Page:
With the recent electronic publication of our editorial written for the BJUI USANZ supplement, we have been somewhat surprised with the Twitter response our title has generated with some very strong opinions expressed. Why would a radiation oncologist, who happens to be the Chair of their National Genito-Urinary group (“FROGG”) propose such a provocative title? The BJUI editorial board wisely suggested that we explain the origin of this title which would be lost on many outside Australia.
In mid-2014, a leading Australian urologist quipped that adjuvant post-prostatectomy radiotherapy was “the work of the Devil” when referring to some of the severe complications that can occur following post-prostatectomy radiation. This comment has become “infamous” in Australian Radiation Oncology circles leading to extensive discussions and interactions between our specialties with urologists stating that radiotherapy complications can occur late and be very challenging to treat and radiation oncologists stating that these complications are relatively uncommon and that overall quality of life is as good if not better when going down the radiotherapy pathway. This is the climate that the article by Ma et al was submitted to the BJUI describing the impact of radiotherapy complications on a tertiary urology service in Melbourne Australia over a 6 month period.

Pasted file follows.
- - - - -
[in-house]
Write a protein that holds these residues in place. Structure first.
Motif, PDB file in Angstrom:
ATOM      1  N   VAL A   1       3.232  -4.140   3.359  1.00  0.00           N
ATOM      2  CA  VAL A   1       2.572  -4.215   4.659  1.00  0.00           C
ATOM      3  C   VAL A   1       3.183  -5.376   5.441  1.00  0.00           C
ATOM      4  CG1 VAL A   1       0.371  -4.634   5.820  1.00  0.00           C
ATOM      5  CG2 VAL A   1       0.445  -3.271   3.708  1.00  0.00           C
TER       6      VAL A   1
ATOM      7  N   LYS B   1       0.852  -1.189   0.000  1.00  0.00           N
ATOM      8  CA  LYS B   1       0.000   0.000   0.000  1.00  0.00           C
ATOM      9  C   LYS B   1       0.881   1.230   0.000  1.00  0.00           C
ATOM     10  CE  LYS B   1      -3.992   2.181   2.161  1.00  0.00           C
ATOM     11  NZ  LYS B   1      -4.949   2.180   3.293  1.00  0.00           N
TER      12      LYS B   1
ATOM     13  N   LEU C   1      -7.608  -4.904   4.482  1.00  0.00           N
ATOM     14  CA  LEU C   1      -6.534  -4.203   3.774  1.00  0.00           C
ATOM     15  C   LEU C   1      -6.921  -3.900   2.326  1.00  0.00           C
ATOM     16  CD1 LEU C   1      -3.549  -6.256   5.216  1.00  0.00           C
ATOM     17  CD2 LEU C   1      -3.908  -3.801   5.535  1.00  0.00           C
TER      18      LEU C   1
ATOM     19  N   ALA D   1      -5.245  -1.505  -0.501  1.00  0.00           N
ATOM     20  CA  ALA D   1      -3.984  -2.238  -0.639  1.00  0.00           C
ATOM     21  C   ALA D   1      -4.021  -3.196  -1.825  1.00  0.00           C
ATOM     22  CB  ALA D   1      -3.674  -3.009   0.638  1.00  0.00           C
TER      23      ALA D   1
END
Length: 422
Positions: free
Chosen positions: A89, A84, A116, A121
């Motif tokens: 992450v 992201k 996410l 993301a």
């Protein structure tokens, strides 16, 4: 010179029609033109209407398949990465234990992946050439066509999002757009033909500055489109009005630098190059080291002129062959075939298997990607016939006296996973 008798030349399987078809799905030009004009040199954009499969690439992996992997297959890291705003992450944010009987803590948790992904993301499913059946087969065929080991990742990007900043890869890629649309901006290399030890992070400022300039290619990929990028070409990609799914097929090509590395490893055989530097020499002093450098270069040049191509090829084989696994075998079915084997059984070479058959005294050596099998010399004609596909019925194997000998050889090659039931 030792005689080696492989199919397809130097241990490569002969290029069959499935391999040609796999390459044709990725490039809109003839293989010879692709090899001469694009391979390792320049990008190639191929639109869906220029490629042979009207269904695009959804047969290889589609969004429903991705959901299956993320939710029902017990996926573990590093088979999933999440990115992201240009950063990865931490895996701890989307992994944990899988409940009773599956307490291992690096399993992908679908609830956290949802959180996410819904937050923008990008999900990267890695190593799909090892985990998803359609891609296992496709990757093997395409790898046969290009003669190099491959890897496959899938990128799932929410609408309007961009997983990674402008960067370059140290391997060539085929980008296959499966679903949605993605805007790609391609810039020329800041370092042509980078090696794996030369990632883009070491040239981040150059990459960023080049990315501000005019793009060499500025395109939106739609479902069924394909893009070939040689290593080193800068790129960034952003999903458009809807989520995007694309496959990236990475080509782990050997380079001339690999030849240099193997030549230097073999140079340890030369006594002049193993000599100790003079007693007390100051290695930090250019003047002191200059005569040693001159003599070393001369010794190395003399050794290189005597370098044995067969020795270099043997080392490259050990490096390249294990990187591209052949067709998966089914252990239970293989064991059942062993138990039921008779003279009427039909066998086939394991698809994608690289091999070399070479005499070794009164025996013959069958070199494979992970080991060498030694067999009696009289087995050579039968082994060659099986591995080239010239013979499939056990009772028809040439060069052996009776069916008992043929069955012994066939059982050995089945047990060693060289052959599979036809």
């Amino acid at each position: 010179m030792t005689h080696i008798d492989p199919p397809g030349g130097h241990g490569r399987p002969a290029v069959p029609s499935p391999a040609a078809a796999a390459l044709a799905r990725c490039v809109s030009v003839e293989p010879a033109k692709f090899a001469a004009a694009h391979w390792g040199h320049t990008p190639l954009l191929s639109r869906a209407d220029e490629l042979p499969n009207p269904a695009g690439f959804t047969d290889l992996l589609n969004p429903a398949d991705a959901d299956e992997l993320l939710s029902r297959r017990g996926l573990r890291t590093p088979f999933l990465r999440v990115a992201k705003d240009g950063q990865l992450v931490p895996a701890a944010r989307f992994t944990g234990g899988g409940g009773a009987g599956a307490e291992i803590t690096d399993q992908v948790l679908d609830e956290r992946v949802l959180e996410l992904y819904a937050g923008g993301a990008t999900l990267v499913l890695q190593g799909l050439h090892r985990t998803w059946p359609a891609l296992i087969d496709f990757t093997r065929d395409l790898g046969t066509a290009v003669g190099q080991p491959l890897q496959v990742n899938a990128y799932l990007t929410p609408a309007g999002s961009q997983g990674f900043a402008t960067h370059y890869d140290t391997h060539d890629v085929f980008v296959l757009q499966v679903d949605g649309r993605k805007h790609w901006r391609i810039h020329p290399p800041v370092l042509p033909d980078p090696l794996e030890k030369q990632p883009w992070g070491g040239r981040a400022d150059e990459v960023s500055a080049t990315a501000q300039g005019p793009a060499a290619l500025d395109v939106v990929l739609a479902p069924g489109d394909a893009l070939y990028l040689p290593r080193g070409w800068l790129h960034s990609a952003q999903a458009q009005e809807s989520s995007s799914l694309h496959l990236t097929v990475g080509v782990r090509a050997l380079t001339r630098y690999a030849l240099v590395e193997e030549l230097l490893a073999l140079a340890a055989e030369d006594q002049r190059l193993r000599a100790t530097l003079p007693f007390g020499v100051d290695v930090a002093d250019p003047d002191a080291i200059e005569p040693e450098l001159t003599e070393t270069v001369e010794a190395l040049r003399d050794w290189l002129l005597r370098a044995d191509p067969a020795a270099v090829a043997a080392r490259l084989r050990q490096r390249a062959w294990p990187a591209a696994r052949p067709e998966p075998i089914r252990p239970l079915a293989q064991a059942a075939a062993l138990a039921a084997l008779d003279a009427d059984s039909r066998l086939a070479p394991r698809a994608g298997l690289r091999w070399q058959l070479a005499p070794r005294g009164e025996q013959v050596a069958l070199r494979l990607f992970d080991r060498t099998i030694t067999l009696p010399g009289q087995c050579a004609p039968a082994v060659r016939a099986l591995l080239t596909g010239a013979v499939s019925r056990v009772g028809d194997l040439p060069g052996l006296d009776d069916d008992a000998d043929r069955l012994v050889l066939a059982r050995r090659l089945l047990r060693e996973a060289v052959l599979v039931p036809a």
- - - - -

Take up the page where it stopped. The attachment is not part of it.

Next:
I was impressed that the BJUI approached a radiation oncologist to provide balance on such a paper. We provocatively titled the editorial “Is Radiotherapy the work of the Devil?” and were hoping the response to anyone reading the editorial would be a resounding “No”. However, many have only seen “the headline” and not read the editorial itself which appears to have created offence especially from some of our international Radiation Oncology colleagues. The aim of such a title is that it will encourage people to read both the original article and the editorial which we feel provides a balanced view on the impact of radiotherapy complications in contemporary practice. We hope that in future, the response to our title: “Is Radiotherapy the work of the Devil” is “No – the Devil is in the detail”.
A/Prof Andrew Kneebone
Department of Radiation Oncology, Royal North Shore Hospital and Chair of the Faculty Of Radiation Oncology Genito-Urinary Group (FROGG)